Table 2 Results from a multinomial logistic regression predicting single or repeat e-cigarette purchase among consistent smokers and binary logistic regression predicting smoking cessation


Cessation was associated with younger age (p < 0.001), being White (p = 0.015), residing in a multiple-person household (p = 0.040), purchasing fewer cigarettes per month (p < 0.001), purchasing cigarettes less frequently (p < 0.001), purchasing cigarettes less recently (p < 0.001), making a single e-cigarette purchase before cessation (p = 0.022), and making repeat NRT purchases after baseline (p = 0.034; Table 1). In multivariable analyses (Table 2), repeat e-cigarette purchase (p = 0.011) and repeat NRT purchase (p = 0.007) after baseline were both associated with cessation. Younger age (p = 0.001), lower monthly cigarette volume (p < 0.001), less frequent purchasing of cigarettes (p < 0.001), less recent cigarette purchase at baseline (p = 0.001), and single e-cigarette purchase before baseline (p = 0.020) were also associated with cessation.

Figure 2 uses the time granularity of this dataset to show the time between the initial e-cigarette or NRT purchase and the final cigarette purchase. The final cigarette purchase over time is plotted, with the initial e-cigarette or NRT purchase considered to be time 0. There was a spike in final cigarette purchases close to e-cigarette or NRT initiation date. The precise date of cessation was likely to occur sometime after the final cigarette purchase date because the purchase may take several days or weeks to consume. Initial NRT purchase was most frequently within 1 month after the final cigarette purchase; and initial e-cigarette purchase was estimated at 1–2 months after final cigarette purchase.

Figure 2 Temporal proximity of last cigarette purchase to first e-cigarette/NRT purchase.

NRT Displacement

Figure 3 estimates how NRT purchasing was affected by the emergence of e-cigarettes. Overall, e-cigarettes did not appear to substantially displace NRT purchases. Although 16.5% of e-cigarette purchasers also purchased NRT, there was not an obvious reduction in the amount of NRT purchases over time.

Figure 3 Households making e-cigarette and NRT purchases, Jan 2011 to Dec 2013.


This study was the first cohort study using consumer purchase data to examine correlates of e-cigarette initiation and repeated purchase as well as the impact of e-cigarette purchase on cessation. The main finding was that repeat e-cigarette purchasing was associated with smoking cessation, while single e-cigarette purchase was not. Moreover, repeat e-cigarette purchase was associated with more frequent cigarette purchases before baseline, suggesting that these households have lower propensity to quit at baseline. However, multivariable analysis suggested significantly higher likelihood of quitting. It is important to interpret these findings with caution. This study design cannot discern causality. It is possible that repeat e-cigarette purchase selects for motivated smokers who may have quit regardless of e-cigarette use.

There are other findings related to cessation that are worth noting. All smoking intensity variables were associated with decreased odds of cessation. Although previous studies have examined the relationship between smoking cessation and over-the-counter NRT in real-world samples (Kotz, Brown, & West, 2014; Shiffman et al., 2002; West & Zhou, 2007), previous looks at NRT in the Nielsen sample had not examined the impact on cessation (Shiffman, Hughes, Pillitteri, & Burton, 2003). Cessation was associated with repeat NRT purchase. As in the case of e-cigarettes, we could not disentangle the degree to which NRT purchase selects for quit intention. Single e-cigarette purchase before baseline was also associated with cessation. There were only 12 single e-cigarette purchasing households before baseline, of which five quit after baseline, so this result may not hold outside of this sample. To the extent that the relationship found among these 12 smokers is meaningful, it might indicate a selection effect among smokers who chose to purchase e-cigarettes in 2011. It is difficult to identify a clear causal mechanism that would apply to single purchasers but not repeat purchasers. Such a mechanisms has yet to emerge in the e-cigarette literature.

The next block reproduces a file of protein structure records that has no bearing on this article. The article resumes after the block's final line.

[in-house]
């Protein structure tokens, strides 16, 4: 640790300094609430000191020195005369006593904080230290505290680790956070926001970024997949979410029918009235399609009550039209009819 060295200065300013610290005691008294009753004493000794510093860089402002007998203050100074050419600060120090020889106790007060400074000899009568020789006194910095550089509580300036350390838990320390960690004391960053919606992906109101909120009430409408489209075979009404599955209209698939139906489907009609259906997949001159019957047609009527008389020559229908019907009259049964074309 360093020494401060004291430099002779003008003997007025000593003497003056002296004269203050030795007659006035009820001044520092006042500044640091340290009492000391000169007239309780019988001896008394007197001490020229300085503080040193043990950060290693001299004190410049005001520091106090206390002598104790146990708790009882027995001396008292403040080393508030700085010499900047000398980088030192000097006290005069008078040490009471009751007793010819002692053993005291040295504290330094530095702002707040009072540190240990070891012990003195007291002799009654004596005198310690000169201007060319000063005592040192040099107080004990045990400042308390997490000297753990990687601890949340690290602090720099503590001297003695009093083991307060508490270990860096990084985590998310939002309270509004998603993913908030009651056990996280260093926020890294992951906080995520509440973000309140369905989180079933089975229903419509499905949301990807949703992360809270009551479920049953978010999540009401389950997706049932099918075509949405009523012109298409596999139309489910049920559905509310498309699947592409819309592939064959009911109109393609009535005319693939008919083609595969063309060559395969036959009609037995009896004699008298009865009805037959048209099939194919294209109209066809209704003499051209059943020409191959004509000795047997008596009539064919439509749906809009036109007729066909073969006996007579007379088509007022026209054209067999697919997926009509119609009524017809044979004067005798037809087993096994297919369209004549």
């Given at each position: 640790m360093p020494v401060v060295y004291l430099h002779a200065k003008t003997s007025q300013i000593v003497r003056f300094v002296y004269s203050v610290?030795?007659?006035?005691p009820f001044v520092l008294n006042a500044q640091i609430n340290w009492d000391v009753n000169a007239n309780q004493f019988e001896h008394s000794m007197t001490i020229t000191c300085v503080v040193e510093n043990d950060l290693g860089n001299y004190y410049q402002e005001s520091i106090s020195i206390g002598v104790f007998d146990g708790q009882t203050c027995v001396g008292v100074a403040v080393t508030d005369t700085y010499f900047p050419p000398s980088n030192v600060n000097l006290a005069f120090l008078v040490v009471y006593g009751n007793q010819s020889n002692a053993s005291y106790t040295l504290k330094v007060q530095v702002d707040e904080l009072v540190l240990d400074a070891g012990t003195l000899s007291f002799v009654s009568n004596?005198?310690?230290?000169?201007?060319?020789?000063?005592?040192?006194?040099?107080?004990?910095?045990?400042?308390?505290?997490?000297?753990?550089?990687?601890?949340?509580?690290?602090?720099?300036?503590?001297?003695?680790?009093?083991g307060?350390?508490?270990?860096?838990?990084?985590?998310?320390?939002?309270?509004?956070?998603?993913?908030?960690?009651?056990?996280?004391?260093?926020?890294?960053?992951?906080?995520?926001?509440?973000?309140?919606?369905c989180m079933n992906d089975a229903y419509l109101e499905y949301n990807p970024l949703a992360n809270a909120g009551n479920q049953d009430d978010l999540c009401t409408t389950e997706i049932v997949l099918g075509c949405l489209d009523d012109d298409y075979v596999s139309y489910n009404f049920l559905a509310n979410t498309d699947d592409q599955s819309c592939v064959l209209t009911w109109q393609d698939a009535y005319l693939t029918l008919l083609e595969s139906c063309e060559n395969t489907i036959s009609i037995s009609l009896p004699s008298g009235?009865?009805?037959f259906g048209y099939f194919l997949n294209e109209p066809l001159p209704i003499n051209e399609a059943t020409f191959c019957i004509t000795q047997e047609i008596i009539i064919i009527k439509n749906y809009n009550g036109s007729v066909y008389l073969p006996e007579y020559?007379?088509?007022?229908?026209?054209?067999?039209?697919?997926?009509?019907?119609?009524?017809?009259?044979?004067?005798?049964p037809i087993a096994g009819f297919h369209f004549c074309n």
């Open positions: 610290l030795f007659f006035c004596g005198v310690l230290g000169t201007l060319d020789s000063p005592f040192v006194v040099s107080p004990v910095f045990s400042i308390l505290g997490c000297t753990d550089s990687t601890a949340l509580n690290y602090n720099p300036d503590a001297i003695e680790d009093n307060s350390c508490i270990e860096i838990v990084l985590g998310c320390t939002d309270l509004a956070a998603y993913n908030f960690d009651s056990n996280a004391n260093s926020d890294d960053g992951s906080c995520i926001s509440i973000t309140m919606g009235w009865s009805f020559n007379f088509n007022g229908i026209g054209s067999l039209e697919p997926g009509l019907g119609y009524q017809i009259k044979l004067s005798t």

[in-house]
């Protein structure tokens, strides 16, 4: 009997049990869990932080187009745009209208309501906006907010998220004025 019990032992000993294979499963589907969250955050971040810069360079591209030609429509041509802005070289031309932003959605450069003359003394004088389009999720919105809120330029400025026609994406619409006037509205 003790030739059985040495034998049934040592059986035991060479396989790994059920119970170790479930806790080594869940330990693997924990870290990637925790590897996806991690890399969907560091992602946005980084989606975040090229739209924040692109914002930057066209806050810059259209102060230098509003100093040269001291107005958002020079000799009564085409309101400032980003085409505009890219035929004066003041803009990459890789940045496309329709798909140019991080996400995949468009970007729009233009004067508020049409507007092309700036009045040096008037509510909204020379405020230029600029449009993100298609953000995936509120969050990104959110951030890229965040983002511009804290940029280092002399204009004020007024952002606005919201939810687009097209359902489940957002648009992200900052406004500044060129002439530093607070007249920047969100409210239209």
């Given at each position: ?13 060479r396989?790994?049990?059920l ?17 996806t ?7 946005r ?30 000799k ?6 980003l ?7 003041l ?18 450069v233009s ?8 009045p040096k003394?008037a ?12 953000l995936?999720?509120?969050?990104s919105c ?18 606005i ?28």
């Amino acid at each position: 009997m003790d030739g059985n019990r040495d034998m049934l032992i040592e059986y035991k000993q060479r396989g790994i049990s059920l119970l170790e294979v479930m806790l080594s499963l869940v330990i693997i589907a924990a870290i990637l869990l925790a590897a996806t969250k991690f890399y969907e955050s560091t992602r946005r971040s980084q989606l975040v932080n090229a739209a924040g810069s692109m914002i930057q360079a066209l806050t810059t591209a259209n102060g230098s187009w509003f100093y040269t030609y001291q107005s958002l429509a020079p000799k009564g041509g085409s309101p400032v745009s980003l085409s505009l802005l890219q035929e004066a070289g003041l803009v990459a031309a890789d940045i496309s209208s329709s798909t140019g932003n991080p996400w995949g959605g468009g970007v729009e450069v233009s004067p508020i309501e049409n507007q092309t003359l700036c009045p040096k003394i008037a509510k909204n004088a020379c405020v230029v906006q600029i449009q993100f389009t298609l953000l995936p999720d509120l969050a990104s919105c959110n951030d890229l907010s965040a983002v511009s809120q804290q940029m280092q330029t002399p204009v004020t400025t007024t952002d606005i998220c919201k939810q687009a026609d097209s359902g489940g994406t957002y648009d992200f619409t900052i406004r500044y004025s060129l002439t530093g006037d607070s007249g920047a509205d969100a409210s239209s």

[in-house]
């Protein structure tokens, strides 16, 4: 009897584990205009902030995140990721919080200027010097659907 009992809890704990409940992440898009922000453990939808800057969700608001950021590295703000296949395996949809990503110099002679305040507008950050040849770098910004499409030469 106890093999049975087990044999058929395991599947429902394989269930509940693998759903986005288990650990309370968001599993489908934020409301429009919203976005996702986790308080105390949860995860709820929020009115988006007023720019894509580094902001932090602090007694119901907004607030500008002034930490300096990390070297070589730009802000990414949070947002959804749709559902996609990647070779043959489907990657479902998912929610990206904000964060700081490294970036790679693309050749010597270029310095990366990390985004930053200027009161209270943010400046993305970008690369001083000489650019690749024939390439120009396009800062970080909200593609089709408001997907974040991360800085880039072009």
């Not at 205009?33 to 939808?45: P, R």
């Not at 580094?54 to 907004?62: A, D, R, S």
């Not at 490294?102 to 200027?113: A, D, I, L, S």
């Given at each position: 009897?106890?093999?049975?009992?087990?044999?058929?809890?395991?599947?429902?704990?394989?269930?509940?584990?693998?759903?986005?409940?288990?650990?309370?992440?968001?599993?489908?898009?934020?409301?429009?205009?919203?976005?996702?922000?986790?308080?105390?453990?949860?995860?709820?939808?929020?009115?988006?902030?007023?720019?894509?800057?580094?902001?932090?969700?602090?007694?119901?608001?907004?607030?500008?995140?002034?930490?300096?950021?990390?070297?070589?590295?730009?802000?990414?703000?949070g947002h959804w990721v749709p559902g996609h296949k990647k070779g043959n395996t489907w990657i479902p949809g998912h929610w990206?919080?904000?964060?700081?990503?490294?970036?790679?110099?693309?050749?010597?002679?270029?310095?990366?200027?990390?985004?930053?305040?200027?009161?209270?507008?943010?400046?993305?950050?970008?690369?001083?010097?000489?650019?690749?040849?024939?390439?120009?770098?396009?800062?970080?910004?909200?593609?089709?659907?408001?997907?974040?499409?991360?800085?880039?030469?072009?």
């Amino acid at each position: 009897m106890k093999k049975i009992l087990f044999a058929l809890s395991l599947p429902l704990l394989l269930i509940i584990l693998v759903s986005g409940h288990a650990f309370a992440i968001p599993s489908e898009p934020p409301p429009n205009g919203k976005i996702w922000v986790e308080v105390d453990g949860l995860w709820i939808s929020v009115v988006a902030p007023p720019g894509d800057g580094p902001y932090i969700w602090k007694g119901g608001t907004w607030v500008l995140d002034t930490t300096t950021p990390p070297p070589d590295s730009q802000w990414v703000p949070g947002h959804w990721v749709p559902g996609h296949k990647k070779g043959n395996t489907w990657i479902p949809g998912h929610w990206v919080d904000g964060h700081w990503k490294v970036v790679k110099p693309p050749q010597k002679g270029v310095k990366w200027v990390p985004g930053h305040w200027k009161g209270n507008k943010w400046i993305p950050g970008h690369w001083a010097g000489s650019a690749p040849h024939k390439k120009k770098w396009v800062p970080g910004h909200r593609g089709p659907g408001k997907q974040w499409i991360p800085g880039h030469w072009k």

Additionally, e-cigarette purchase was associated with smoking intensity measures, similar to prior findings (Biener & Hargraves, 2015). Specifically, higher volume smokers were more likely to make a single e-cigarette purchase, while more frequent cigarette purchasers were more likely to make repeat e-cigarette purchases. Repeat e-cigarette purchase was associated with lower per-pack cigarette cost, suggesting that e-cigarettes might appeal to more price-sensitive smokers. As for policy, some of the associations found between e-cigarette purchase and policy are intuitive (higher cigarette taxes were associated with repeat e-cigarette use, suggesting increased substitution where cigarette prices are higher). Others may be more surprising. The finding that higher levels of smoke-free policies were associated with lower rates of repeat e-cigarette purchase is interesting. This may be explained by cultural differences between states that pass more comprehensive smoke-free policies versus those lagging in that area. It may also be easier to vape indoors in states that do not have smoking bans, since the applicability of smoke-free policies to e-cigarettes was often not stipulated during this period.

Figure 2 underscores the need to pick up the change in e-cigarette or NRT purchase between baseline and follow-up to avoid selecting out successful quits that occurred right as these products were initiated (Hajek, McRobbie, & Bullen, 2016). It also suggests the possibility that e-cigarettes were more likely than NRT to be initiated in the midst of a quit attempt as opposed to the outset, perhaps as relapse prevention. The finding that e-cigarette purchases did not seem to displace NRT purchase (Figure 3) echoes findings from a UK sample (Beard et al., 2015).